While riding in the back of a golf cart, holding my toddler in my lap, and bouncing through the rows of trees in the apple orchard a thought confronted me: I am enjoying myself.
Before we arrived at the orchard, precautions had been taken to make sure each person was wearing layers, gloves, hats, and boots. But preparation isn’t everything, I’ve prepared for things like this before and still hated the experience all the way through. Every minute felt like pain, and none of it seemed worth all the effort. I love my family, and lots of times the experience we are aiming for was my idea. So I don’t know why I have grudged through so many should-be-good times.
But this morning, as we were bumping along in the golf cart – the confrontation of my thought startled me. I could feel that I was in the moment. I wasn’t worried about finding the right apple variety. I wasn’t anxious about holding my toddler while not in a seat buckle. I knew the whole excursion would be exercise (not my favorite thing). I accepted that this was going to be work.
I breathed in and knew that it was good. I thought, this is good – no matter what happens, no matter how much it costs, no matter how much my kids appreciate it – this is good.
So good that I was giddy, fully alive with joy.
I breathed in and knew that I wasn’t afraid. I looked at the sky, clouds threatening to block out blue and sun, and felt the energy of the day. I embraced the strength that was available to me in that moment. And that’s when I knew I was changing my habits. I was focused on breathing so I couldn’t be fixated on trying to control the outcome of the experience.
It’s the outcome that fools me into thinking that I can control the experience. Like a mathematical equation: We are here to pick apples. I will pick apples, pay for them, leave with them, and eat them. Money and time out – apples in. Whenever I get caught up in this sort of mentality, I get fooled into thinking that the life in between making the plan and acting on the plan should be easy and controllable.
It never is.
I’m still learning this whole hard work thing. I’m a slow learner, so I’m not the most exciting member of our family to be around when the going gets tough. I’ve missed out on the joy of so many fun family activities simply because I was trying to control the outcome so much that I wanted to fast forward through the moments that seemed like filler just to get to the point.
If I had been in this mindset, I would have missed the golf cart ride.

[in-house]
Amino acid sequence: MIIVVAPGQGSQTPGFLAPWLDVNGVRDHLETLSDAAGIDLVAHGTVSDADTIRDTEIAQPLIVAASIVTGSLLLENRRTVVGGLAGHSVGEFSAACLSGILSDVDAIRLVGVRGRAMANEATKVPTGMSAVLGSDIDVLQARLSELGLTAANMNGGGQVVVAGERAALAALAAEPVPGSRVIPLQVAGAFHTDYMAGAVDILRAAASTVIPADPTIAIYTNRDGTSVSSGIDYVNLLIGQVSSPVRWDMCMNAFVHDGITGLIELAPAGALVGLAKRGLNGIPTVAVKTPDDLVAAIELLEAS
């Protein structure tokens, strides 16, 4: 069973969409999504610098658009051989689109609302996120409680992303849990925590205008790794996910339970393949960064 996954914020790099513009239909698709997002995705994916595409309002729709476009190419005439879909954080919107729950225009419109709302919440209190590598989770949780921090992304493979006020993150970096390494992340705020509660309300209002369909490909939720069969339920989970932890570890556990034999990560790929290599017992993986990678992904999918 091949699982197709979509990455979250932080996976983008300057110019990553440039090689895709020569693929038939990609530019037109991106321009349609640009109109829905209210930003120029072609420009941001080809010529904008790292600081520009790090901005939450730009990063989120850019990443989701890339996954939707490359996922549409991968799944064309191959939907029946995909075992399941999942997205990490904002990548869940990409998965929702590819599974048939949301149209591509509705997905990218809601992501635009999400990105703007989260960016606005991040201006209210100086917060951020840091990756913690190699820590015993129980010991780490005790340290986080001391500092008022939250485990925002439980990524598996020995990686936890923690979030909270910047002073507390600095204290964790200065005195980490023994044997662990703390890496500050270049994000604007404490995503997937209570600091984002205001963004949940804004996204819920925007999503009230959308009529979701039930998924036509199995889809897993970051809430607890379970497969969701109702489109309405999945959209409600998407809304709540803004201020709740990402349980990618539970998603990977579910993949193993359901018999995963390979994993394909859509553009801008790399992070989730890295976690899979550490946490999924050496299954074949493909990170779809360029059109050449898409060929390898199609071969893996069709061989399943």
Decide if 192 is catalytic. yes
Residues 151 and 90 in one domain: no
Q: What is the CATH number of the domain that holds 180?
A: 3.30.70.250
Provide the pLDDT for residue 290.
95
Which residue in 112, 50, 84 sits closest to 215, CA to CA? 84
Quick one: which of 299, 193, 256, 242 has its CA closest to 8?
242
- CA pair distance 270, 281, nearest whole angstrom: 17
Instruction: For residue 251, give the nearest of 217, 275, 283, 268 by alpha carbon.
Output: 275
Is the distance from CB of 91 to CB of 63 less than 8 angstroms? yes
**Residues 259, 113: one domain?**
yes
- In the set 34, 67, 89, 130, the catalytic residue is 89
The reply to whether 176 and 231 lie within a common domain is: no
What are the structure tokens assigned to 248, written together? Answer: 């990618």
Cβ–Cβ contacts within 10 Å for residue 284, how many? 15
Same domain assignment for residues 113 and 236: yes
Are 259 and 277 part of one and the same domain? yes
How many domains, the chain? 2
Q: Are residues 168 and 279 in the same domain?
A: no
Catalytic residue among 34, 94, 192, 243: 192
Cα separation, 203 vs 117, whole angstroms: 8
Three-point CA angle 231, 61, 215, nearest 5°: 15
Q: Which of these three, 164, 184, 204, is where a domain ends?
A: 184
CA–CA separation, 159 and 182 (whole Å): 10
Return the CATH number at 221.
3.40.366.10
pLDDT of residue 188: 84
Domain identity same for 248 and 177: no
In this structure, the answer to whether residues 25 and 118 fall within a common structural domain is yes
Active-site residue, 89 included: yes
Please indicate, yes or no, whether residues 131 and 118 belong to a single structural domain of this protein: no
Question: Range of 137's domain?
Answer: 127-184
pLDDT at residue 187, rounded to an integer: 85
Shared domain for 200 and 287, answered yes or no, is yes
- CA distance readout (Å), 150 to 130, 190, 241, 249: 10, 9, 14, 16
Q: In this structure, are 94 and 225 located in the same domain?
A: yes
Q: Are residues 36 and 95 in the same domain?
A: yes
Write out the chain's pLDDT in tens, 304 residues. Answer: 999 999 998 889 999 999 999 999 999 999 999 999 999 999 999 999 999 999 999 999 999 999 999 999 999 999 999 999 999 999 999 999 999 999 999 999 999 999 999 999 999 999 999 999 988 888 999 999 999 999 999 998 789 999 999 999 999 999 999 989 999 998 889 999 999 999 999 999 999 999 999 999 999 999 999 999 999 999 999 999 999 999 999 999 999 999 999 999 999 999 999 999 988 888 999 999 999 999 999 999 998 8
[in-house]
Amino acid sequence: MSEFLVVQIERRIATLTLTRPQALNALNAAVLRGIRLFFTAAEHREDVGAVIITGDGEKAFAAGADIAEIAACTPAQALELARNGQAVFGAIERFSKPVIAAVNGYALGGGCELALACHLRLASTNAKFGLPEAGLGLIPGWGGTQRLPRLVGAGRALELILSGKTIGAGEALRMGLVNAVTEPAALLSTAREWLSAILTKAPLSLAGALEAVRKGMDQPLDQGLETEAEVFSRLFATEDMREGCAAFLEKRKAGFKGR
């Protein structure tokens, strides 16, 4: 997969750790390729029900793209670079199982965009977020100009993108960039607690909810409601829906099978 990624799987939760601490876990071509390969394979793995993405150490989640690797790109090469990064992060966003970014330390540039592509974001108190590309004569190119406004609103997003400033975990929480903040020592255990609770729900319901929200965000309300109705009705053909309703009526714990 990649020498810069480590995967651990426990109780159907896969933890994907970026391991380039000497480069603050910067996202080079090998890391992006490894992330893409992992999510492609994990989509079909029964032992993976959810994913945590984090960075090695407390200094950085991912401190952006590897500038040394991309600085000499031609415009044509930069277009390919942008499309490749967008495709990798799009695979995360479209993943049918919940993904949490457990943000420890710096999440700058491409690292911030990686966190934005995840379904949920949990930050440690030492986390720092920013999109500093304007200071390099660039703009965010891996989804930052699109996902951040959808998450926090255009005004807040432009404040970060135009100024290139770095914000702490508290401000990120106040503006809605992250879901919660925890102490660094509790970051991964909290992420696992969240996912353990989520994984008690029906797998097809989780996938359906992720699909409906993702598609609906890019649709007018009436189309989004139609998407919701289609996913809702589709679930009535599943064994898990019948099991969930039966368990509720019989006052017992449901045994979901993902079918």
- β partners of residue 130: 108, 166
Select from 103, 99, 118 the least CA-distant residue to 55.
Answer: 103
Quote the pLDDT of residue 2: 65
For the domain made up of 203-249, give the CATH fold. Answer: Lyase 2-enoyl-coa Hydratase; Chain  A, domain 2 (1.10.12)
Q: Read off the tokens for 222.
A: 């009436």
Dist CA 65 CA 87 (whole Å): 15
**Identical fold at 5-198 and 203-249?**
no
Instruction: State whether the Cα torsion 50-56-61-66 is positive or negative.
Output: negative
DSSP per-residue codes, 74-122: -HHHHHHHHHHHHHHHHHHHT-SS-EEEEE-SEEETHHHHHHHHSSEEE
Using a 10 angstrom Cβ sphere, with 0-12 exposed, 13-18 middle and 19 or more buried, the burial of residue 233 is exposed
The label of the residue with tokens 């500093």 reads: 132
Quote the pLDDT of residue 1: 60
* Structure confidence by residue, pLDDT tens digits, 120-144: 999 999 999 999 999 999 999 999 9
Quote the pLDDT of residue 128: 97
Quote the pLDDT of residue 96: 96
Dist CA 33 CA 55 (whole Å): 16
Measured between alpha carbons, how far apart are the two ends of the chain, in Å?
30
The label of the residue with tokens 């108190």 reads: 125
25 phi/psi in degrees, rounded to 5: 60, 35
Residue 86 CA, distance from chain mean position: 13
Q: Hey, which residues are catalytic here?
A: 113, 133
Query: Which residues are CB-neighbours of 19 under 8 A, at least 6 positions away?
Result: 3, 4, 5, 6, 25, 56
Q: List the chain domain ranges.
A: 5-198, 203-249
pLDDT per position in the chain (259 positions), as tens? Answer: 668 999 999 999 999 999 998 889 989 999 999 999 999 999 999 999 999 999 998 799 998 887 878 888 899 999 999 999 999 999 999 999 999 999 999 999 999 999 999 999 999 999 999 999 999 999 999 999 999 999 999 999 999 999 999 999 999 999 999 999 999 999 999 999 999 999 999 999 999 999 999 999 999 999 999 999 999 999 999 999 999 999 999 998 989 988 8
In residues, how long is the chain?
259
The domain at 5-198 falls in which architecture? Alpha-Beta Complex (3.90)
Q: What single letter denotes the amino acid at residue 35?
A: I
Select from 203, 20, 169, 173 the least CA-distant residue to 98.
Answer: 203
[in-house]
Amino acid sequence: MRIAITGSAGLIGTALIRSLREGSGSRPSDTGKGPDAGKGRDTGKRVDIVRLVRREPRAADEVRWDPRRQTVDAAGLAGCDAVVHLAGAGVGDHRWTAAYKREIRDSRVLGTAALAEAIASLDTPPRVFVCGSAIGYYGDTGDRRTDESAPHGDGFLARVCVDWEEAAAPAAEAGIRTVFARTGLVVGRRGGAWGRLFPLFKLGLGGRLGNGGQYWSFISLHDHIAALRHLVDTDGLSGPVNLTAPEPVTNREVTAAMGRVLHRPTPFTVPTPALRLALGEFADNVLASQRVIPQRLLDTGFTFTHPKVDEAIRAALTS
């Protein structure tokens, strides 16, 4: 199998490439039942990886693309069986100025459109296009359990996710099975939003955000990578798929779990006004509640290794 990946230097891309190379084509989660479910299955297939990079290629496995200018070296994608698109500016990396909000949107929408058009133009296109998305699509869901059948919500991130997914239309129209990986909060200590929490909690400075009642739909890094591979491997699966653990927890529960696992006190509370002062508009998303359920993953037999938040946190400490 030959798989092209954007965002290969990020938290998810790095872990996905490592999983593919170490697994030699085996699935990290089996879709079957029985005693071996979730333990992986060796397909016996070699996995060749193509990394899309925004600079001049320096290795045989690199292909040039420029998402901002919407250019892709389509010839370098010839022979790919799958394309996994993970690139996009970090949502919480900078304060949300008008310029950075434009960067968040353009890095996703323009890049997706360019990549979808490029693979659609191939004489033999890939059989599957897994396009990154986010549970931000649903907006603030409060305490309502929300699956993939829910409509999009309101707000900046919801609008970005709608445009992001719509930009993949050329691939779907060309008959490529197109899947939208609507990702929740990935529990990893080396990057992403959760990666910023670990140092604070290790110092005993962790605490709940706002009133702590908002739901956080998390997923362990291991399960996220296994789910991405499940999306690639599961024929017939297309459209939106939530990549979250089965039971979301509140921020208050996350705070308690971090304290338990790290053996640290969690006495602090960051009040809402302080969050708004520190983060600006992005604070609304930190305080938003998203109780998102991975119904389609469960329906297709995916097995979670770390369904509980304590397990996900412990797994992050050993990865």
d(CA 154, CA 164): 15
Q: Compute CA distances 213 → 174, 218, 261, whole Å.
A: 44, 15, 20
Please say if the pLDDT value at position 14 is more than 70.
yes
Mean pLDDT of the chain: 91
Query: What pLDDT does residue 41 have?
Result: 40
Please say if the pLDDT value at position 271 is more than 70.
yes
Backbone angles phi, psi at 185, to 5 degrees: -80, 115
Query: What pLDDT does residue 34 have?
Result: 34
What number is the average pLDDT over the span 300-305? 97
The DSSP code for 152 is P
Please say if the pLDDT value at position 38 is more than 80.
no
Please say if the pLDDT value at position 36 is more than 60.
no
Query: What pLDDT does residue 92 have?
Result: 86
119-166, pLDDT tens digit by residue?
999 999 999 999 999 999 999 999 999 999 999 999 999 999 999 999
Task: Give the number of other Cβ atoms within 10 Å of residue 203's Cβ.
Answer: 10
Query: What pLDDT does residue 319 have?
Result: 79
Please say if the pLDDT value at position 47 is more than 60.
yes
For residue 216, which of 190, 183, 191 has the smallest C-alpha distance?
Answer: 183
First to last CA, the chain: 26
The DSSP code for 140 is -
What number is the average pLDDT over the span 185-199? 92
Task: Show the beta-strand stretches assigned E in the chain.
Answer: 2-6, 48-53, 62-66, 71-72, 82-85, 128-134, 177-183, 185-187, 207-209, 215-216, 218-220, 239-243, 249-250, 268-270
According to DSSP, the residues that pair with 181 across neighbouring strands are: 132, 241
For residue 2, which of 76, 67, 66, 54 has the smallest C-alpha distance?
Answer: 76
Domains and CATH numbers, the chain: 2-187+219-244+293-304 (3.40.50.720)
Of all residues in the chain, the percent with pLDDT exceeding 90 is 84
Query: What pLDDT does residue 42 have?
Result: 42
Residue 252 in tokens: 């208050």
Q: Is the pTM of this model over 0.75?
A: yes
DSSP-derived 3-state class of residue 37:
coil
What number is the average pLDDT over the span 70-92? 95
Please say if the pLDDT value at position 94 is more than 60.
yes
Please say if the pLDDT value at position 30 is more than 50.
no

I would have held my breath through the filler part. I would have stressed about all the things I could not control and missed the moment. But instead, I took a deep breath and thanked God for that very moment – the bumpy, exciting, unknown, beautiful moment. And that’s when I realized that my problem hasn’t been that I’m just a grumpy person with a bent toward complaining. My problem is I’m a fearful person who simply needs to learn to breathe again. I’m learning that pain has created a lot of bad habits in my life, some that have nothing to do with other people and everything to do with how I experience my own life.
Confession: I’m in my thirties and I still use coping mechanisms. I hold my breath when I’m scared.
I know there isn’t any logic in holding my breath. Like the analogy of bitterness: drinking poison and waiting for the other person to die. I fear the lack of control in my experiences and hold my breath, waiting for someone or something to hand me back the reigns.
I don’t hold my breath consciously, but I do remember the first time I consciously took in a full breath and practiced that over and over. I realized that I had been making my daily life more difficult because of my coping. I started to recognize – like waking up and seeing objects come into focus – I was holding my breath all the time. I just did it automatically whenever I found myself in new situations or in fear inducing circumstances.
I didn’t know that all my breath-holding was a means of grasping for control. I didn’t connect that my grasping was actually robbing me of the freedom to enjoy my own life’s experiences. But learning to breathe – the simple full breath in, full exhale out – in the midst of new or scary experiences has taught me the beauty and joy of letting go of the things that are unknown.
So when the thought I am enjoying myself jolted me – I took a full breath, thanked God, and told myself that no matter what happens in this orchard I will breathe. I will choose to remember this moment of pure joy and be grateful for this life and this experience. I won’t worry about the outcome or about whether I have enough strength for the hard work. I will choose to rest in my spirit and trust God for my next breath.
And that’s exactly what happened. I kept breathing, and I enjoyed myself all the way through the experience. One small victory over fear, one giant amount of joy, one breath at a time.